# decomposable homomorphisms and full families of groups

Let $\{G_{i}\}_{i\in I},\{H_{i}\}_{i\in I}$ be two families of groups (indexed with the same set $I$).

Definition. We will say that a homomorphism

 $f:\bigoplus_{i\in I}G_{i}\to\bigoplus_{i\in I}H_{i}$

is if there exists a family of homomorphisms $\{f_{i}:G_{i}\to H_{i}\}_{i\in I}$ such that

 $f=\bigoplus_{i\in I}f_{i}.$

Remarks. For each $j\in I$ and $g\in\bigoplus_{i\in I}G_{i}$ we will say that $g\in G_{j}$ if $g(i)=0$ for any $i\neq j$. One can easily show that any homomorphism

 $f:\bigoplus_{i\in I}G_{i}\to\bigoplus_{i\in I}H_{i}$

is decomposable if and only if for any $j\in I$ and any $g\in\bigoplus_{i\in I}G_{i}$ such that $g\in G_{j}$ we have $f(g)\in H_{j}$. This implies that if $f$ is an isomorphism and $f$ is decomposable, then each homomorphism in decomposition is an isomorphism and

 $\bigg{(}\bigoplus_{i\in I}f_{i}\bigg{)}^{-1}=\bigoplus_{i\in I}f_{i}^{-1}.$

Also it is worthy to note that composition of two decomposable homomorphisms is also decomposable and

 $\bigg{(}\bigoplus_{i\in I}f_{i}\bigg{)}\circ\bigg{(}\bigoplus_{i\in I}g_{i}% \bigg{)}=\bigoplus_{i\in I}f_{i}\circ g_{i}.$

Definition. We will say that family of groups $\{G_{i}\}_{i\in I}$ is full if each homomorphism

 $f:\bigoplus_{i\in I}G_{i}\to\bigoplus_{i\in I}G_{i}$

is decomposable.

Remark. It is easy to see that if $\{G_{i}\}_{i\in I}$ is a full family of groups and $I_{0}\subseteq I$, then $\{G_{i}\}_{i\in I_{0}}$ is also a full family of groups.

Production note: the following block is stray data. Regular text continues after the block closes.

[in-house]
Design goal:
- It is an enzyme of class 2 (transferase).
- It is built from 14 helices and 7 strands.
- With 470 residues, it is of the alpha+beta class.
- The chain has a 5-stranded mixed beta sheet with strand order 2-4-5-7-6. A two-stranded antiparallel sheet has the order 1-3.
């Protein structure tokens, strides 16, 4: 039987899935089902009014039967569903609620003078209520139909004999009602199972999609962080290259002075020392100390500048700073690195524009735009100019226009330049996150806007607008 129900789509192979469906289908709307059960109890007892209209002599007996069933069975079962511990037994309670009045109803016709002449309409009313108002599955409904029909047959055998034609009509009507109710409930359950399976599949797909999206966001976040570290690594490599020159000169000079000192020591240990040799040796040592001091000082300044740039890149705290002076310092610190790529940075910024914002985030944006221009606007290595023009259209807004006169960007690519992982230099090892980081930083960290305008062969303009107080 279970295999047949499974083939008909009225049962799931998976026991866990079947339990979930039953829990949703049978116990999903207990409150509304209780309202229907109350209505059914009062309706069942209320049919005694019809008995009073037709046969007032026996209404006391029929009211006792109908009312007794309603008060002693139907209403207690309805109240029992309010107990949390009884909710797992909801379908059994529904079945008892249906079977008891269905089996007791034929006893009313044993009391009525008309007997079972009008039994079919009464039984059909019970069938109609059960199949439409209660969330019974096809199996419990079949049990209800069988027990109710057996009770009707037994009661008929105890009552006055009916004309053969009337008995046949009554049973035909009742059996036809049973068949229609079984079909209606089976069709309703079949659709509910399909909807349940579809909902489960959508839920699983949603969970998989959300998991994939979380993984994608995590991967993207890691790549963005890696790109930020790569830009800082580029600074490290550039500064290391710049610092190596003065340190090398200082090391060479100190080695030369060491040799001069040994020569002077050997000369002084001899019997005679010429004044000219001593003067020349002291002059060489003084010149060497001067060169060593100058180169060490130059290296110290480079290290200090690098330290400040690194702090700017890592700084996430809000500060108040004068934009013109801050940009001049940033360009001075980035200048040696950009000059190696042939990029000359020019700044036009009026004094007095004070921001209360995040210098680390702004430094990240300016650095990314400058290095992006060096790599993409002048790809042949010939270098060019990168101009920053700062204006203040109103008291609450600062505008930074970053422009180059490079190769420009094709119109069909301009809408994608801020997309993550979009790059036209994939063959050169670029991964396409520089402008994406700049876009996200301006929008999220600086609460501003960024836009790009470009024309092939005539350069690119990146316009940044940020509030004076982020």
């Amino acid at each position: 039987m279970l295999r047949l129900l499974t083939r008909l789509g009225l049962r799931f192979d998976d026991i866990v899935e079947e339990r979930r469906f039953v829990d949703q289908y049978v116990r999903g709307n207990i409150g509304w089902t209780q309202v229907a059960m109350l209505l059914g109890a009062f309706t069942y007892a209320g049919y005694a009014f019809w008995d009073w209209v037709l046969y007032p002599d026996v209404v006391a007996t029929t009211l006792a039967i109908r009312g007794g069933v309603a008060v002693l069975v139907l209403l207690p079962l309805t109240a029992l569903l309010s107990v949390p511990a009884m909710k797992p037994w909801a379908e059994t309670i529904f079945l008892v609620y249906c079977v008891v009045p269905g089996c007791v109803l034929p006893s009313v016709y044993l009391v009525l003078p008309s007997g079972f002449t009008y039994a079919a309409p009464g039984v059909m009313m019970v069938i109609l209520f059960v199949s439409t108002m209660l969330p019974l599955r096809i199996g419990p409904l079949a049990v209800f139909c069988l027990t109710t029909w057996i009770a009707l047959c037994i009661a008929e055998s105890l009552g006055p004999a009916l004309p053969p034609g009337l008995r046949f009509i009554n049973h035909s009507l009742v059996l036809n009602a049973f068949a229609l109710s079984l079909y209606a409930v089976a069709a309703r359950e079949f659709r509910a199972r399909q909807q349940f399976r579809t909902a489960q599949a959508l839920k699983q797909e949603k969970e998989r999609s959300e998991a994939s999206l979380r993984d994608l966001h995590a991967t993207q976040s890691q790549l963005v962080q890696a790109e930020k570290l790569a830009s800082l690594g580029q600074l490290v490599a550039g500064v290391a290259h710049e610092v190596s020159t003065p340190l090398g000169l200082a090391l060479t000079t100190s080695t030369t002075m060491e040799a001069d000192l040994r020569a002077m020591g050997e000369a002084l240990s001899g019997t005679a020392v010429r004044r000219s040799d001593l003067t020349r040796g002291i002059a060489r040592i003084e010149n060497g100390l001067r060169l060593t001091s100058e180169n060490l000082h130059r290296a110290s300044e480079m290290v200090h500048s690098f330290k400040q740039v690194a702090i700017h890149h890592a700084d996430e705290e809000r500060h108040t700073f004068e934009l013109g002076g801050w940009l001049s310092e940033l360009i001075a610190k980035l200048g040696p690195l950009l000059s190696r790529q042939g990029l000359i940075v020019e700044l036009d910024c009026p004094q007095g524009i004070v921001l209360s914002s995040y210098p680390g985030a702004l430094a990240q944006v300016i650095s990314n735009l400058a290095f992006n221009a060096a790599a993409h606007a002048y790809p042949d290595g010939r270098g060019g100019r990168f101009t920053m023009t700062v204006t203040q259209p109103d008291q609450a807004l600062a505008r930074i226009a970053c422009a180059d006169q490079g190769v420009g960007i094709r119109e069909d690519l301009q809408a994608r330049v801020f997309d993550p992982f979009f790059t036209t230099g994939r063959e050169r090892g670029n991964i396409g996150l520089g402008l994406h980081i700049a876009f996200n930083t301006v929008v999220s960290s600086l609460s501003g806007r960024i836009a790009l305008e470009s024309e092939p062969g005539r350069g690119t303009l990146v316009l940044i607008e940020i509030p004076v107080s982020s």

Example. Let $\mathcal{P}=\{p\in\mathbb{N}\ |\ p\mbox{ is prime}\}$. Then $\{\mathbb{Z}_{p}\}_{p\in\mathcal{P}}$ is full. Indeed, let

 $f:\bigoplus_{p\in\mathcal{P}}\mathbb{Z}_{p}\to\bigoplus_{p\in\mathcal{P}}% \mathbb{Z}_{p}$

be a group homomorphism. Then, for any $q\in\mathcal{P}$ and $a\in\bigoplus_{p\in\mathcal{P}}\mathbb{Z}_{p}$ such that $a\in\mathbb{Z}_{q}$ we have that $|a|$ divides $q$ and thus $|f(a)|$ divides $q$, so it is easy to see that $f(a)\in\mathbb{Z}_{q}$. Therefore (due to first remark) $f$ is decomposable.

Counterexample. Let $G_{1},G_{2}$ be two copies of $\mathbb{Z}$. Then $\{G_{1},G_{2}\}$ is not full. Indeed, let

 $f:\mathbb{Z}\oplus\mathbb{Z}\to\mathbb{Z}\oplus\mathbb{Z}$

be a group homomorphism defined by

 $f(x,y)=(0,x+y).$

Now assume that $f=f_{1}\oplus f_{2}$. Then we have:

 $(0,1)=f(1,0)=(f_{1}(1),f_{2}(0))$

and so $f_{2}(0)=1$. Contradiction, since group homomorphisms preserve neutral elements.

Title decomposable homomorphisms and full families of groups DecomposableHomomorphismsAndFullFamiliesOfGroups 2013-03-22 18:36:03 2013-03-22 18:36:03 joking (16130) joking (16130) 7 joking (16130) Definition msc 20A99